August 01, 2007

Why the Roads Run Straight on the Plains

Strange Maps link explains the Land Ordinance of 1785, which is why one Colorado blog is called Square State.

Actually, it is rectangular, not square, and a little narrower on the north side due to converging lines of longitude. But why quibble?

According to Thomas Jefferson-impersonator Clay Jenkinson, President Jefferson imagined a West full of rectangular states. Jenkinson once solicited names for these imaginary states: I suggested that at least one of them should be called Artemisia, for Artemisia tridentata. (Just look at the distribution maps.)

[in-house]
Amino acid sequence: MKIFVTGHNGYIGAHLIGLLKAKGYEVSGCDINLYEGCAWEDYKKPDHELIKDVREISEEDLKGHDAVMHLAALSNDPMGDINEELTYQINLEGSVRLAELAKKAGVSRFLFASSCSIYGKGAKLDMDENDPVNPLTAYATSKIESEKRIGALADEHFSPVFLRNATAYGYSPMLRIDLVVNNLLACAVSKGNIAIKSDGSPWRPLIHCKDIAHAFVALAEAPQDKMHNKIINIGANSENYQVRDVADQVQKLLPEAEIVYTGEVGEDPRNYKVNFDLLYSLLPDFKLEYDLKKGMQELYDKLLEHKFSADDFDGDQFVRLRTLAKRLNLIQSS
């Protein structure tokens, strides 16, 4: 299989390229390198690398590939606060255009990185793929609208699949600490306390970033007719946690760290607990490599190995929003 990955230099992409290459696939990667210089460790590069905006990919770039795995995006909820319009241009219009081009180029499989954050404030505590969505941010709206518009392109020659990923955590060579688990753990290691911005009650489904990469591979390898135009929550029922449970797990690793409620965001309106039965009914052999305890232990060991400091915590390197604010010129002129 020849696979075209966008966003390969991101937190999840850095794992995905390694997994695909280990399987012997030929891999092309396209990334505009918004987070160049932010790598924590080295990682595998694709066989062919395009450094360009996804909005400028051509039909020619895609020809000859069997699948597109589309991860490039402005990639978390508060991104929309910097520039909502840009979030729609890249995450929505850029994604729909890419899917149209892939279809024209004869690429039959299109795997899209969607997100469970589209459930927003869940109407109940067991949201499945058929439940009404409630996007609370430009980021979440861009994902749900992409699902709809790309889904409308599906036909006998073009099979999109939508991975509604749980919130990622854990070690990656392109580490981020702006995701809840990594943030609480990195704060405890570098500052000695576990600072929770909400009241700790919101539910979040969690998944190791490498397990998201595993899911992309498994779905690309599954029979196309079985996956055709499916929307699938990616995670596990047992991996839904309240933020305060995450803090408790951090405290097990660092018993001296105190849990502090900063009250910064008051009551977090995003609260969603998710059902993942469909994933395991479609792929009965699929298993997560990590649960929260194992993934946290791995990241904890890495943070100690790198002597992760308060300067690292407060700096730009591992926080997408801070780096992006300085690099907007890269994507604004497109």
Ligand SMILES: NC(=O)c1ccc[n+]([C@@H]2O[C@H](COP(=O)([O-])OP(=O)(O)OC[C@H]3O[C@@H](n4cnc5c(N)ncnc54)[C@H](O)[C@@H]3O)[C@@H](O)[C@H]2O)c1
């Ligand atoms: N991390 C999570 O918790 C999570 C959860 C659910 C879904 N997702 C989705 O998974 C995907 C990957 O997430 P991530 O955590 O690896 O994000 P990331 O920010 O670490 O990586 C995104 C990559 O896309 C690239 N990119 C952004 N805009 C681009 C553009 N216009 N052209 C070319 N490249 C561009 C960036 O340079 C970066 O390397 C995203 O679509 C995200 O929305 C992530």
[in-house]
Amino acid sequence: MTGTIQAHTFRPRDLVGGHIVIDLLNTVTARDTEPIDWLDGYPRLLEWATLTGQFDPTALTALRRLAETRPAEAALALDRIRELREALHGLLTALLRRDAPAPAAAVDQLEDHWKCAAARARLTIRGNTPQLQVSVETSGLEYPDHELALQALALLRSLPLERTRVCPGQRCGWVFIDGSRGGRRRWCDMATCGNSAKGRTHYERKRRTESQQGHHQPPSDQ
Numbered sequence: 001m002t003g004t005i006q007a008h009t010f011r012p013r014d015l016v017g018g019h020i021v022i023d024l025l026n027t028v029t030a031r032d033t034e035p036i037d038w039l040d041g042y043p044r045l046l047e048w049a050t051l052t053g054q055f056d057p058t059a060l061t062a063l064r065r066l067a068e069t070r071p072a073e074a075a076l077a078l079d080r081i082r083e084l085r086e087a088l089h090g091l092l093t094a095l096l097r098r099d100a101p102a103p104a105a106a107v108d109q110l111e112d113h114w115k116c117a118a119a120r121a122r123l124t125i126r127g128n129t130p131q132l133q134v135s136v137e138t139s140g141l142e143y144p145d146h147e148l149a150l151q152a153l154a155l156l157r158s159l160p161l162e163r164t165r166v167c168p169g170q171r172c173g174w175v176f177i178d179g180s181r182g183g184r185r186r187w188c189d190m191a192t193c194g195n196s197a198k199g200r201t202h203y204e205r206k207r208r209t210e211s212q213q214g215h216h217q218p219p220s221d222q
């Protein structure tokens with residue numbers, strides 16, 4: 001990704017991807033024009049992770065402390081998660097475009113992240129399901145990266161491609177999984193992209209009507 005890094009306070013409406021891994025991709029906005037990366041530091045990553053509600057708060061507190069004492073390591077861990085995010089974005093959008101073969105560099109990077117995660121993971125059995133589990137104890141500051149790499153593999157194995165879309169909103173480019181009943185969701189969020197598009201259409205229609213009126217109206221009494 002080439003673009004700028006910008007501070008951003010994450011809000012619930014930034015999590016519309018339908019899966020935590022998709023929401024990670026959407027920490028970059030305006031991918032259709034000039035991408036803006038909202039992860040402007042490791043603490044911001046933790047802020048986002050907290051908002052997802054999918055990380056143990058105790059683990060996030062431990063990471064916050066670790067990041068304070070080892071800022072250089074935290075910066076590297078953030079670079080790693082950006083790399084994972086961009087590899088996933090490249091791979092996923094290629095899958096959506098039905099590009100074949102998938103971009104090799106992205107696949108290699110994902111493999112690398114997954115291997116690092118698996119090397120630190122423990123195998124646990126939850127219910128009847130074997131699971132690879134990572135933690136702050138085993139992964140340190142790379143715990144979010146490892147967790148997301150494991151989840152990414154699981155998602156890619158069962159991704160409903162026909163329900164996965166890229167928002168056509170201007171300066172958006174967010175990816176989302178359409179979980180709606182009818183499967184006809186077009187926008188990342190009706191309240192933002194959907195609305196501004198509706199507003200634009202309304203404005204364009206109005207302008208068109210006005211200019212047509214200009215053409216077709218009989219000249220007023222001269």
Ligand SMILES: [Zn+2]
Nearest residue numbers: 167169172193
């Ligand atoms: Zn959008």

Once I was on a London-to-Denver flight sitting ahead of two English guys who had booked a ski trip in Breckenridge, their first visit to Colorado. The airplane began its slow descent towards DIA, and somewhere over Sterling I heard one of them exclaim. I turned around, and he was staring down at some road, maybe Colorado 71 north of Stoneham, as it ran ruler-straight towards Wyoming. Miles of straight road--not a common sight in the UK.

You can blame the mapping of the American West on the post-revolutionary French, with their mania for straight lines and "reason." France itself almost ended up looking like this.

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